World-Building Goes Mainstream

Fictional universes have been the cornerstone of every major franchise from Lord of the Rings to Mass Effect. These universes, these worlds, are developed through something called world-building. World-building has other purposes, though. It’s not meant to stay within the realm of fiction writing, video game design, and so on. Instead, world-building can include a hobbyist’s imaginings, the scientist’s speculations, etc. These imaginings and speculations can become something beautiful, something tangible in our world, where tangible things have become less and less pronounced.

Tangibility is important in our world, where the digital realm has removed us from tangibility. The intangibility of the digital realm, of our world of bullshit jobs, has removed humans from the equation. To bring humans back into the fold, world-building can allow us to imagine worlds, universes really, in unique and interesting ways. We can move away from dominant paradigms, and we can envision the world in a new light. We can imagine what tomorrow will look like. What the past looked like. Moreover, we can fill our times with something imaginable, something tangible.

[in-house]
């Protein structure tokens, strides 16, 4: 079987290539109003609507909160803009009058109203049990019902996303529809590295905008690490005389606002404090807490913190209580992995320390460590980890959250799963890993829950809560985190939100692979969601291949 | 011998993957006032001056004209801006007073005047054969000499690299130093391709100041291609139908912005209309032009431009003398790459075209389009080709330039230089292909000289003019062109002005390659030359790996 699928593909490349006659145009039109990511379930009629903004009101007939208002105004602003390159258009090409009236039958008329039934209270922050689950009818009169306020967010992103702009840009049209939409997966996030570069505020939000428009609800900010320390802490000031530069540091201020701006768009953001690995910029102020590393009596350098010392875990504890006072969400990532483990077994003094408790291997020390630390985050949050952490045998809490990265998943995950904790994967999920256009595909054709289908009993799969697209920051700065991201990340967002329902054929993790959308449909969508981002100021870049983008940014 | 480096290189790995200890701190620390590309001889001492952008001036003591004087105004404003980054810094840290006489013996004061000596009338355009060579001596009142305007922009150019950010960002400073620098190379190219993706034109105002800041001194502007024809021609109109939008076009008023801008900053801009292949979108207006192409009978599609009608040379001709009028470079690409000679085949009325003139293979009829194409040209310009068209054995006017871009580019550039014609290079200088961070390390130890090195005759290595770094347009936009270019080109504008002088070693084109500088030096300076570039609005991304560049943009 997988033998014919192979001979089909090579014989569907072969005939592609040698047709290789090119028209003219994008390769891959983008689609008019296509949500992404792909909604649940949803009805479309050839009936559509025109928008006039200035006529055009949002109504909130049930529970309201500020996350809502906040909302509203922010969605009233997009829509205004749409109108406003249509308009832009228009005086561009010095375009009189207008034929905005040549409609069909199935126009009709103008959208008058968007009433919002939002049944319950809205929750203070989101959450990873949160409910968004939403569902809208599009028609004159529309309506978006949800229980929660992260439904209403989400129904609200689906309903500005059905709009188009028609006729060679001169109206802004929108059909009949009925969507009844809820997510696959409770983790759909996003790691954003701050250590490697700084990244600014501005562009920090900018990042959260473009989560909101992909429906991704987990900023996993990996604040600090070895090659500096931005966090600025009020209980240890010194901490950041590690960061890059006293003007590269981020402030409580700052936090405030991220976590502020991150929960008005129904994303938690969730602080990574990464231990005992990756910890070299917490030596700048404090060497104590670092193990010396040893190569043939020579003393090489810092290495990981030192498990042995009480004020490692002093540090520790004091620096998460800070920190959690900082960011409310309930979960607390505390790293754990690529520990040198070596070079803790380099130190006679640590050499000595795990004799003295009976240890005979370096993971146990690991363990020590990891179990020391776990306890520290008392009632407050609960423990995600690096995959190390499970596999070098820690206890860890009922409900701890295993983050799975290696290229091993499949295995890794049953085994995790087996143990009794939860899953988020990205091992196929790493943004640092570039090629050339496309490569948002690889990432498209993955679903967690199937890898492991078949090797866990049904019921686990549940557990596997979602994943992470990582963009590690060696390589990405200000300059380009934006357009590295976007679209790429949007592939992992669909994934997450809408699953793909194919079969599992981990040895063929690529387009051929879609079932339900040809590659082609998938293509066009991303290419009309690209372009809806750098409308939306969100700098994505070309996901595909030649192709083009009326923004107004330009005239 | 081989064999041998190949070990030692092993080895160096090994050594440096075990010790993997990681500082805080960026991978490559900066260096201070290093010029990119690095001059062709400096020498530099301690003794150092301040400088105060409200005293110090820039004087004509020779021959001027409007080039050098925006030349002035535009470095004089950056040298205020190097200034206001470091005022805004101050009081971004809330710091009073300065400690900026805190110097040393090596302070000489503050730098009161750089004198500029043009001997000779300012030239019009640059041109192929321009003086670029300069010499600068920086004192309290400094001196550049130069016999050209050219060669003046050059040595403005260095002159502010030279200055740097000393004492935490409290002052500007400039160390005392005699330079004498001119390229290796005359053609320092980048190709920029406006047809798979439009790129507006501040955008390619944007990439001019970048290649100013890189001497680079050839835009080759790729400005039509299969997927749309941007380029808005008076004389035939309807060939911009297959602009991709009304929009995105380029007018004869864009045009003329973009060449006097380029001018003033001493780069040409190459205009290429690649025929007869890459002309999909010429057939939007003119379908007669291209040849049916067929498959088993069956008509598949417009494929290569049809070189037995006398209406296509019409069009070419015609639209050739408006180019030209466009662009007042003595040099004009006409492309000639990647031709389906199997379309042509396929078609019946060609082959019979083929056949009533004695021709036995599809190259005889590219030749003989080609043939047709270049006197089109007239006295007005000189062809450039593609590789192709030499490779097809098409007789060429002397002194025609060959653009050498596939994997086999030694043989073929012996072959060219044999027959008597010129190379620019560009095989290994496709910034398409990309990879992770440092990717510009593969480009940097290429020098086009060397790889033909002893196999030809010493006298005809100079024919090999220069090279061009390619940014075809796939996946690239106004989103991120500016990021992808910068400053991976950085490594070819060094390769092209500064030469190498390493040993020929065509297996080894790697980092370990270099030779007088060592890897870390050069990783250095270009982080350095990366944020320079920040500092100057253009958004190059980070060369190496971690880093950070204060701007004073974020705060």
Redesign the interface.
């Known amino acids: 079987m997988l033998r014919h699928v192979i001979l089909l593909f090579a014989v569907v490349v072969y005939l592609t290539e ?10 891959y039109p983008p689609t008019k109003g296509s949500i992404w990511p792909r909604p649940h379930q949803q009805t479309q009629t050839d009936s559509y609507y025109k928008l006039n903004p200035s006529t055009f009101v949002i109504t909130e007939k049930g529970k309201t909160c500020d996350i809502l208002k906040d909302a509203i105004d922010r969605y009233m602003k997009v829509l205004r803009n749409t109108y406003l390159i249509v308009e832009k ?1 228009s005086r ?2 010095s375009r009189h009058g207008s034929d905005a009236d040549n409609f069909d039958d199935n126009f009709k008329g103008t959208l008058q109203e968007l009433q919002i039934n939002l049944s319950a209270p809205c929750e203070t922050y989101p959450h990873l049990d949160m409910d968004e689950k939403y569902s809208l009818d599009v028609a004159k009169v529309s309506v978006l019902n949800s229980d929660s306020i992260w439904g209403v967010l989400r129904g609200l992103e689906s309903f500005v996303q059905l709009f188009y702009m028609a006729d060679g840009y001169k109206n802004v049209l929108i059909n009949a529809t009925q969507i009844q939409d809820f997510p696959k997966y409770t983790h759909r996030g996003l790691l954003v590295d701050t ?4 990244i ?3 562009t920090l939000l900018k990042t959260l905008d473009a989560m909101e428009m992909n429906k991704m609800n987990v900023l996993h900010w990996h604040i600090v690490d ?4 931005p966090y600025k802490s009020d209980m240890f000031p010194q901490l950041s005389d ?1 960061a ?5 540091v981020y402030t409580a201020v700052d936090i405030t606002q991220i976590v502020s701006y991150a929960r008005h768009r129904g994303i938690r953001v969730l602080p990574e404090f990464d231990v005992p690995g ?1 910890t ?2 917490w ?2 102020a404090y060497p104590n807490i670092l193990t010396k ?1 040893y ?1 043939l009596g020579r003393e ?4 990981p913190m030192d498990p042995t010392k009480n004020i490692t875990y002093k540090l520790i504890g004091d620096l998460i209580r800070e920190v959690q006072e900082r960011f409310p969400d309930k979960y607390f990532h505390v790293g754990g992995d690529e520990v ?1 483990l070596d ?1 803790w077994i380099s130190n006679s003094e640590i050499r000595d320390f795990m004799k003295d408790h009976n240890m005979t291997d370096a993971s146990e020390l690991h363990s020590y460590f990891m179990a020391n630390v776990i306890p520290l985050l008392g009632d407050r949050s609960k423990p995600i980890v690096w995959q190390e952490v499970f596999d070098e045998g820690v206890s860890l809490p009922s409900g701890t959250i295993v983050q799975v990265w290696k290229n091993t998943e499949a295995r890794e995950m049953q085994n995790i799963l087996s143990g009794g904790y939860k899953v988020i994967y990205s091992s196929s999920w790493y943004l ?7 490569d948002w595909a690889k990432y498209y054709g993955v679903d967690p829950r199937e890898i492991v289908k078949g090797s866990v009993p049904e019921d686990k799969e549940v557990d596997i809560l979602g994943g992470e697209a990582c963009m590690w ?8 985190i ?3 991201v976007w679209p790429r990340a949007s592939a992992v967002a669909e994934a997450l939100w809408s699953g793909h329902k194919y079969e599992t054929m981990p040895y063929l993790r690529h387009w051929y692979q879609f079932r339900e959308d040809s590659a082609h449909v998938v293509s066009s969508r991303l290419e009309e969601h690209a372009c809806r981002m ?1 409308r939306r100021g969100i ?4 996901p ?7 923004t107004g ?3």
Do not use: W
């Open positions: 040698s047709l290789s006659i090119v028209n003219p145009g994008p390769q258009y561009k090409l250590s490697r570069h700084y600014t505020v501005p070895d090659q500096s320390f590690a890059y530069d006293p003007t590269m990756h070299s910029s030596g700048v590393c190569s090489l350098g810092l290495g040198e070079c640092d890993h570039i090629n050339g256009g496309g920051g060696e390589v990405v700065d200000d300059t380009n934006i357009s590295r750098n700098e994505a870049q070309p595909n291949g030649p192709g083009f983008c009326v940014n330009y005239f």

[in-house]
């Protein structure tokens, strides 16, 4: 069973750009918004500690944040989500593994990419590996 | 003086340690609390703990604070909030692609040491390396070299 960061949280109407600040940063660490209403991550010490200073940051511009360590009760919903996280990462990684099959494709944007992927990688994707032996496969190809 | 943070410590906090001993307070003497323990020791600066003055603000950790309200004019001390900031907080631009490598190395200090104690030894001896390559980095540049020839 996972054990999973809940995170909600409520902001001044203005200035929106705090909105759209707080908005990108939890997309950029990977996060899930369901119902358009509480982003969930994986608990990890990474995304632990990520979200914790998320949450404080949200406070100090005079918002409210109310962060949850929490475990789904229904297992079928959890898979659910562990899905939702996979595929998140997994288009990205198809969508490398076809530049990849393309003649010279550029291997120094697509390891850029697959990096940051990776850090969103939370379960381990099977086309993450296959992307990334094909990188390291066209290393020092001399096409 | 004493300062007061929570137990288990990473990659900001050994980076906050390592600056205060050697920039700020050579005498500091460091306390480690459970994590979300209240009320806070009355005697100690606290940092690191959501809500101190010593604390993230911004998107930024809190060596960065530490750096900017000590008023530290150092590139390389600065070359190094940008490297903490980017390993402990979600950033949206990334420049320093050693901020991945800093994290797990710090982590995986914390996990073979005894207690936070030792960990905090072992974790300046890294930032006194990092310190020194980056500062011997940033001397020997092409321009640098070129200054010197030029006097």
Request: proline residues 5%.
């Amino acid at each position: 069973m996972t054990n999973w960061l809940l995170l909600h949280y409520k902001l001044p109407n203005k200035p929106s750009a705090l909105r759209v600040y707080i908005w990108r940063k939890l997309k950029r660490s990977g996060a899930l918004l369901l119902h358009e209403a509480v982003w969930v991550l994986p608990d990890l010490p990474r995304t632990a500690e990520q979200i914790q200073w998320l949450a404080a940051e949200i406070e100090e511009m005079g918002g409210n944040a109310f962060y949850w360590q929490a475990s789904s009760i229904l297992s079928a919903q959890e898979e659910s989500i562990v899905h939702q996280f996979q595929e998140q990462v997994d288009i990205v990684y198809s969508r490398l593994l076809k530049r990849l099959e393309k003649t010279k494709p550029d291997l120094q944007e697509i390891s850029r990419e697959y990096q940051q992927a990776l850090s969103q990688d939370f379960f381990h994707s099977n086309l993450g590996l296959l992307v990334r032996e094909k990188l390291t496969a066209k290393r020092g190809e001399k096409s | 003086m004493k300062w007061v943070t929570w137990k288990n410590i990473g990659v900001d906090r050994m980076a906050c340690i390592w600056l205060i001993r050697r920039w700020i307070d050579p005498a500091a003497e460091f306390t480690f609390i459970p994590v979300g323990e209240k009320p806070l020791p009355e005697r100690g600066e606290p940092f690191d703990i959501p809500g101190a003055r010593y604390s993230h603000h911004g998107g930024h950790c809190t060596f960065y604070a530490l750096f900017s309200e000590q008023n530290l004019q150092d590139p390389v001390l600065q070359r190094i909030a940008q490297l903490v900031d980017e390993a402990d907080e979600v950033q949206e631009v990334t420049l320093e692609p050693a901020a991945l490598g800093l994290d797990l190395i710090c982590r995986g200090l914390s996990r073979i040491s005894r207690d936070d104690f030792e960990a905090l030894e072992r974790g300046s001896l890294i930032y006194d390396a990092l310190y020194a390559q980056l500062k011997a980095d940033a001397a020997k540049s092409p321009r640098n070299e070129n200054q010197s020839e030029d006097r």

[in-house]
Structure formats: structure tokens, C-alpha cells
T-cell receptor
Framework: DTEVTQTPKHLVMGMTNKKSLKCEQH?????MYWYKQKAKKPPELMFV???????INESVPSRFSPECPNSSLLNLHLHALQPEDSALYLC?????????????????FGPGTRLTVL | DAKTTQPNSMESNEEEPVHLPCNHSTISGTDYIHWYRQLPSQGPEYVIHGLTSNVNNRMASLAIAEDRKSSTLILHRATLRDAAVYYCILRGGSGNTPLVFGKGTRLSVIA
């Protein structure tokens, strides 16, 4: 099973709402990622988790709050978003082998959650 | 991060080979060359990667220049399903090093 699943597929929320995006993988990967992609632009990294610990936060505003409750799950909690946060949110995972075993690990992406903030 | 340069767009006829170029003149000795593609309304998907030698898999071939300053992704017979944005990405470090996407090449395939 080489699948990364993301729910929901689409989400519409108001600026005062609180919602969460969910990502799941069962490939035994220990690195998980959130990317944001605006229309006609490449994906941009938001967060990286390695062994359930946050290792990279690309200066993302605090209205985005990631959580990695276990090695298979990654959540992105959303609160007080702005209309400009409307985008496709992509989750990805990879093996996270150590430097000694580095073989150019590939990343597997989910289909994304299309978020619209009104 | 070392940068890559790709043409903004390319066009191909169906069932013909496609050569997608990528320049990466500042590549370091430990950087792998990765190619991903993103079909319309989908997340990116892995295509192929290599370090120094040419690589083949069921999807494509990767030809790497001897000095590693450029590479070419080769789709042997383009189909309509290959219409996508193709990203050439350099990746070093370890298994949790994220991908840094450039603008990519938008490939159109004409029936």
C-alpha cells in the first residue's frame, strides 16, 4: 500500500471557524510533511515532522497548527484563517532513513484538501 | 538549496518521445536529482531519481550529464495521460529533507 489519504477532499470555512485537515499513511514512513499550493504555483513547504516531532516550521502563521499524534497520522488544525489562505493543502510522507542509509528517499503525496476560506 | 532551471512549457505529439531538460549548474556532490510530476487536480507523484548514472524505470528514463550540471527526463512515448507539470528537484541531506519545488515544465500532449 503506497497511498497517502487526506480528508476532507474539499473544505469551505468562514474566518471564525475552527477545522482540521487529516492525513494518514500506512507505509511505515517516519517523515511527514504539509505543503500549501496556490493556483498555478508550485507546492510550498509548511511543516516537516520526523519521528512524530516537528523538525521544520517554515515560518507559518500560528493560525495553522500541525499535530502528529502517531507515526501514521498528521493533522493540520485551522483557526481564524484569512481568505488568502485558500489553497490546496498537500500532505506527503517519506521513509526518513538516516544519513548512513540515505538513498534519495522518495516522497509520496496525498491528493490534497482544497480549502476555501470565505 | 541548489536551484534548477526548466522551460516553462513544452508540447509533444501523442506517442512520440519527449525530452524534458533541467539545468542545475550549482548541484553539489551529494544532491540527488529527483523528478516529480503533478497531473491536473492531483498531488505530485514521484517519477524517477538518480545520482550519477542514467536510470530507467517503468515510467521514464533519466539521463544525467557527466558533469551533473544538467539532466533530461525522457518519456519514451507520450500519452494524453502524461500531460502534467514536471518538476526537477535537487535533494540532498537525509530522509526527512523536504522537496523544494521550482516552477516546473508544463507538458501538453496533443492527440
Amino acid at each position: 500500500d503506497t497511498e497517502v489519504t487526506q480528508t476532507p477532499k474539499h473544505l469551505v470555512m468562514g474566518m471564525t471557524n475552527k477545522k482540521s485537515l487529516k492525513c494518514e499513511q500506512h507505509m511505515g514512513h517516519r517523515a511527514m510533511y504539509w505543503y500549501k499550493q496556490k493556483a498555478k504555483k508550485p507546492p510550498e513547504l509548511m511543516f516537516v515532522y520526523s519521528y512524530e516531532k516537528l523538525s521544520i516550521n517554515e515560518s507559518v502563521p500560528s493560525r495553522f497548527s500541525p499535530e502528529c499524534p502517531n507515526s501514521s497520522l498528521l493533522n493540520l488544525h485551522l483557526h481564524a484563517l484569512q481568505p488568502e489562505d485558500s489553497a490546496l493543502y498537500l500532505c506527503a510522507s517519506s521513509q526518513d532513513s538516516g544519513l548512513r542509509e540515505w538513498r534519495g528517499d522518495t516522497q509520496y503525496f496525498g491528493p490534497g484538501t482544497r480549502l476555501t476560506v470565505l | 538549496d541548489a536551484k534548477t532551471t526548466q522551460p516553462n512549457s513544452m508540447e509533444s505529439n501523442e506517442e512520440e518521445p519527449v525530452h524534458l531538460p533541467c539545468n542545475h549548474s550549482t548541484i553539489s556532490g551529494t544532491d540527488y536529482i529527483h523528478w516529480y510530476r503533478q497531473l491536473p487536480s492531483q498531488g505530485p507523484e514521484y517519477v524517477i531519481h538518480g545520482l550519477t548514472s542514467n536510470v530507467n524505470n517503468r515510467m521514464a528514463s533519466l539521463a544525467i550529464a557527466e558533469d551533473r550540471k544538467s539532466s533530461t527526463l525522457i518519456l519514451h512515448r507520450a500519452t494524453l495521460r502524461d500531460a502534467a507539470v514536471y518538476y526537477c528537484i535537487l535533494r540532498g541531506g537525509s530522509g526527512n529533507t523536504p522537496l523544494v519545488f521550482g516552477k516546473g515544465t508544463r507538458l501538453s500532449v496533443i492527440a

For those looking to have something tangible, to have something meaningful, world-building provides that. It also provides a chance to explore the human condition, to explore the act of creation. These can lead creators down the inward path into the imaginary. Although some would argue that the imaginary is dangerous, even wasteful, it really isn’t. A productive and vibrant imagination is a must in the twenty-first-century world. Imagination, especially an experiment in world-building, can allow us to answer questions and explore important problems in our time.

Gregory M. Rapp

Gregory M. Rapp

A writer of fiction and nonfiction, a blogger, an avid reader and writer, and gamer.
New Mexico